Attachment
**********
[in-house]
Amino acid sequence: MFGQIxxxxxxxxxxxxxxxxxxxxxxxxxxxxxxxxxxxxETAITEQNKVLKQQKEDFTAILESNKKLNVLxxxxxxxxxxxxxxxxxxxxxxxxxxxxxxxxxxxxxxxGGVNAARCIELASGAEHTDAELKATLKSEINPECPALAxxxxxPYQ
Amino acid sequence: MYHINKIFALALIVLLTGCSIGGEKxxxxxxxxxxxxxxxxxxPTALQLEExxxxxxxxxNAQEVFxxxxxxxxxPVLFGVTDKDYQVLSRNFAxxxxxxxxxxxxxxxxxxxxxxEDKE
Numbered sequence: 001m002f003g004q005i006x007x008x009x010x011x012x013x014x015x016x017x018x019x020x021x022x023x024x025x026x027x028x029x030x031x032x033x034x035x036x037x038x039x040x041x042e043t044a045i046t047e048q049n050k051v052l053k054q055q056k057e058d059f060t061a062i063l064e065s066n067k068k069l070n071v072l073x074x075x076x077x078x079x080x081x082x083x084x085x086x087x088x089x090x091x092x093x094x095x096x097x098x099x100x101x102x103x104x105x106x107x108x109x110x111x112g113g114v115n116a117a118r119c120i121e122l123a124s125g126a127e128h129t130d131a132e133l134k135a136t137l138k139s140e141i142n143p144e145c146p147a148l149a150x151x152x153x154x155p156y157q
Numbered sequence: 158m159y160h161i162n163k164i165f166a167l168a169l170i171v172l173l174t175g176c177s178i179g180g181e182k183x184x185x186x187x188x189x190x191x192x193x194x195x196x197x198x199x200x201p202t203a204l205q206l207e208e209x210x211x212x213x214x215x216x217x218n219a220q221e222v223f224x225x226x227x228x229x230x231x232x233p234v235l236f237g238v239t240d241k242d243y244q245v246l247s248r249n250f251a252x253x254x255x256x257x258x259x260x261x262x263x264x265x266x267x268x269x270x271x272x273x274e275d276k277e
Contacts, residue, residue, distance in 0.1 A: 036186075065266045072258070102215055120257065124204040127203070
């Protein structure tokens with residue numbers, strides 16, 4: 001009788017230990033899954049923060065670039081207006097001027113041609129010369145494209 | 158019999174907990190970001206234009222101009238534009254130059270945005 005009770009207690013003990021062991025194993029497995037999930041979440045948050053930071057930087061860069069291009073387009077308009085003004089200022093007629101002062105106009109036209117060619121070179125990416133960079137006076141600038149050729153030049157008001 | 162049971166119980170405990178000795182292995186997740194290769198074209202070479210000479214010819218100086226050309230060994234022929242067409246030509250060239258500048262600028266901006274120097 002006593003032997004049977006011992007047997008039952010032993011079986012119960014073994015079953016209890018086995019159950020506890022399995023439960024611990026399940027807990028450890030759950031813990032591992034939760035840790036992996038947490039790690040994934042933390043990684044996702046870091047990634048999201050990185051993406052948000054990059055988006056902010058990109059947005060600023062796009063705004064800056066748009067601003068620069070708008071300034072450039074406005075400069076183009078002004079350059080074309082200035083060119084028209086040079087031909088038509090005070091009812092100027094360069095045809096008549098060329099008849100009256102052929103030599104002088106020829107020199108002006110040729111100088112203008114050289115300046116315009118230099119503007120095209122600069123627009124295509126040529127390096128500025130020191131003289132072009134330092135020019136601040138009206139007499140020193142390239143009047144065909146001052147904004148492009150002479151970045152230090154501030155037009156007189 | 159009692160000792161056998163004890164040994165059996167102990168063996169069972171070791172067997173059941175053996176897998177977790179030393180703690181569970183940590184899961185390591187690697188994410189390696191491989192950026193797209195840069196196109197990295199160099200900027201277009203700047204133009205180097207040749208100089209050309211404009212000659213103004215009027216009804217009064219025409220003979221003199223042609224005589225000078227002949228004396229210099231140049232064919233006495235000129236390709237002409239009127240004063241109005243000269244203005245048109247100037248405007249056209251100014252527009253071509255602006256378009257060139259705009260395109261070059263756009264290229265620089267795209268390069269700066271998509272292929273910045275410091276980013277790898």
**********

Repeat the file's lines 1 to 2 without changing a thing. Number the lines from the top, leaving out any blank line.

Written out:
[in-house]
Amino acid sequence: MFGQIxxxxxxxxxxxxxxxxxxxxxxxxxxxxxxxxxxxxETAITEQNKVLKQQKEDFTAILESNKKLNVLxxxxxxxxxxxxxxxxxxxxxxxxxxxxxxxxxxxxxxxGGVNAARCIELASGAEHTDAELKATLKSEINPECPALAxxxxxPYQ